Moon: Slideshow of Landing Sites and Pictures
One theory on the creation of the moon is that a Mars-sized body crashed into the Earth and the material that broke in the collision formed the moon. The oldest material collected from the moon dates back to 4.5 billion years ago. This is believed to be the age of the moon. The moon rotates in such a way that the same side always faces the Earth. The side viewed from Earth is referred to as the near side, while the other side is the far side. Exploration of the moon has revealed that the near side of the moon is different than the far side of the moon. Temperature ranges from -387°F to 253°F on the moon depending on the side of the moon the temperature is taken from and whether it is night or day.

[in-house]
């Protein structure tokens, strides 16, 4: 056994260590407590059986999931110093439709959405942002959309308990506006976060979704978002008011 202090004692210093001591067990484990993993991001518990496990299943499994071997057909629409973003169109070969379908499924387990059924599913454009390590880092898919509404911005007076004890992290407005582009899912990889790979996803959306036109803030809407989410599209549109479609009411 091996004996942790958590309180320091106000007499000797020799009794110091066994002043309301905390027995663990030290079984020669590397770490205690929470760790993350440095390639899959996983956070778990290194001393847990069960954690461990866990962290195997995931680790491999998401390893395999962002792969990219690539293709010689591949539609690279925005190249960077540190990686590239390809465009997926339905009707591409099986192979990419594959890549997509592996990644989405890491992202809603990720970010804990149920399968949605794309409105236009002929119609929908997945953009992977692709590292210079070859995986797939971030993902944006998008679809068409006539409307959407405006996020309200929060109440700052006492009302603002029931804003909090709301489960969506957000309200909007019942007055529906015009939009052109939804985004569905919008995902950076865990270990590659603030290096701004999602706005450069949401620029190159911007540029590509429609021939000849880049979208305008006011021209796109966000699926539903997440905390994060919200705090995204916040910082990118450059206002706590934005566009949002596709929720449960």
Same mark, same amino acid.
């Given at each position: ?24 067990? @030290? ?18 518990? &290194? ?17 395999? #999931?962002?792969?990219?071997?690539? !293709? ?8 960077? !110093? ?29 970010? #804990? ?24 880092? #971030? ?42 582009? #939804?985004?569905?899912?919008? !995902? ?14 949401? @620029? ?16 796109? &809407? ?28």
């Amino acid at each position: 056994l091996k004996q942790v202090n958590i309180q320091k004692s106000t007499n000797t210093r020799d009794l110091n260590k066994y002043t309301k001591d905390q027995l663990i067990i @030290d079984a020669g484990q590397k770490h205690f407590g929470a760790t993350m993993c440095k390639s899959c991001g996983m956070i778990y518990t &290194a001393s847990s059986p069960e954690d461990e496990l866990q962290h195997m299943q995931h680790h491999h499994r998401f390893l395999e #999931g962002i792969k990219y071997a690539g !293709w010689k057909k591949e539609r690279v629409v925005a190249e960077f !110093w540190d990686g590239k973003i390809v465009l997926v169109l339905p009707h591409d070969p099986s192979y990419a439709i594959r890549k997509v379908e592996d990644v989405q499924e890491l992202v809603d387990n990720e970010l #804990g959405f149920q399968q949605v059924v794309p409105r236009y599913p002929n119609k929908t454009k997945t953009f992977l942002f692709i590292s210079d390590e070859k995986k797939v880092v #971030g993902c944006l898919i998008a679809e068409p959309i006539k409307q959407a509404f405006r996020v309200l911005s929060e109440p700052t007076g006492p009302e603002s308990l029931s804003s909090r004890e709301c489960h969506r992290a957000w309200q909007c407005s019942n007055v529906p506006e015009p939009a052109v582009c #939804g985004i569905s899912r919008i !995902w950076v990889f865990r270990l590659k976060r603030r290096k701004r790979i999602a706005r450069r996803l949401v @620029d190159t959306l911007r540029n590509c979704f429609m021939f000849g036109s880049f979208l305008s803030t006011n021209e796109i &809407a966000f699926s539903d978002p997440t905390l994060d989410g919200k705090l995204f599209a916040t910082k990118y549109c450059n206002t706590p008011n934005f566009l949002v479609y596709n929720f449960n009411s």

The near side of the moon has light spots referred to as Lunar Highlands and dark spots called Maria. The maria are lower in altitude than the highlands and filled with dark solidified lava from when the moon was volcanically active. Both areas are littered with craters, as the Moons surface is very old and has had time to accumulate craters. While the far side of the moon is also covered with craters, there are no maria present. More than 70 spacecraft have gone to the Moon and 12 astronauts have actually had the chance to walk on the surface of the Moon. Throughout the missions, 842 pounds of lunar rock and soil have been brought back to Earth. A second dataset of the moon shows the locations of Apollo and Surveyor landing sites. The Surveyor landing sites are noted with an "S." There are also pictures taken from the Apollo 8, 11, 12, and 17 missions.
- Surveyor landings are noted by "S": S1, S3, S5, S6, S7
- Apollo landings are noted by number: 11, 12, 14, 15, 16, 17
- All noted landings are on the near side of the moon